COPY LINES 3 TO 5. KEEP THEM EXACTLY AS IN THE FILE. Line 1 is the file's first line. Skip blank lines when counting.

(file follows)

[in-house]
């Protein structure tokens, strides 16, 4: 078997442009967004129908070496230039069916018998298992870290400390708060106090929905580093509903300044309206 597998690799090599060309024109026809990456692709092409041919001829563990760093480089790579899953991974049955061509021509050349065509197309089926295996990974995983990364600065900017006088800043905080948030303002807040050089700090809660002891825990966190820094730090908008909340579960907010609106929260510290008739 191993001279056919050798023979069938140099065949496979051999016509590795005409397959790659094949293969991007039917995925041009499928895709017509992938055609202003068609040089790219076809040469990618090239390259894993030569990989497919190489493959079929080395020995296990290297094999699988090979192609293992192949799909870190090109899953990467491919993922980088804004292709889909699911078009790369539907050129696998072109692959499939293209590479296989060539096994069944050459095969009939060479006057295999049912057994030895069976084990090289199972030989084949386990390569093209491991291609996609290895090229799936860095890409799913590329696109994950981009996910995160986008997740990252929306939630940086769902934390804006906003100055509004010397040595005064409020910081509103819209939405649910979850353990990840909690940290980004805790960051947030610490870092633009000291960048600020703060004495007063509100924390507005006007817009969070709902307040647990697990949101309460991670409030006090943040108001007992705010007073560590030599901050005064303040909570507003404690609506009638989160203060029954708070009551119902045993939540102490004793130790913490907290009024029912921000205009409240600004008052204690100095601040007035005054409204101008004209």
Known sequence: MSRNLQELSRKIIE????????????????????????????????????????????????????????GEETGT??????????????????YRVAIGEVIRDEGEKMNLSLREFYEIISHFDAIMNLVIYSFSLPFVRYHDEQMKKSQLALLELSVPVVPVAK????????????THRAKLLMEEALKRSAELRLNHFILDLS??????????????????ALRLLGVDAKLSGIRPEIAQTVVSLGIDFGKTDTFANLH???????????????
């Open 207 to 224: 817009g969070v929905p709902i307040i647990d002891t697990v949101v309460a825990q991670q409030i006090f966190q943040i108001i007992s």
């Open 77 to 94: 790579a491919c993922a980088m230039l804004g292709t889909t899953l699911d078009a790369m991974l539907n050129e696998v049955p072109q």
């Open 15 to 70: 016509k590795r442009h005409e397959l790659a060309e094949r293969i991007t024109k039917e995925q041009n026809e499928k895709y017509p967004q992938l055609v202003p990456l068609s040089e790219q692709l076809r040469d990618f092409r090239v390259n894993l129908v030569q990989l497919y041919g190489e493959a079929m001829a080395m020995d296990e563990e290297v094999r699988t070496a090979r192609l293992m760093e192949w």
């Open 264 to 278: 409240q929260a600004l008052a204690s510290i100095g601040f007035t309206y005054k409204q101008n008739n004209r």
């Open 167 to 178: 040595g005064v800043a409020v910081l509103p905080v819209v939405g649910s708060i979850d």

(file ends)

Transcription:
Known sequence: MSRNLQELSRKIIE????????????????????????????????????????????????????????GEETGT??????????????????YRVAIGEVIRDEGEKMNLSLREFYEIISHFDAIMNLVIYSFSLPFVRYHDEQMKKSQLALLELSVPVVPVAK????????????THRAKLLMEEALKRSAELRLNHFILDLS??????????????????ALRLLGVDAKLSGIRPEIAQTVVSLGIDFGKTDTFANLH???????????????
């Open 207 to 224: 817009g969070v929905p709902i307040i647990d002891t697990v949101v309460a825990q991670q409030i006090f966190q943040i108001i007992s």
């Open 77 to 94: 790579a491919c993922a980088m230039l804004g292709t889909t899953l699911d078009a790369m991974l539907n050129e696998v049955p072109q």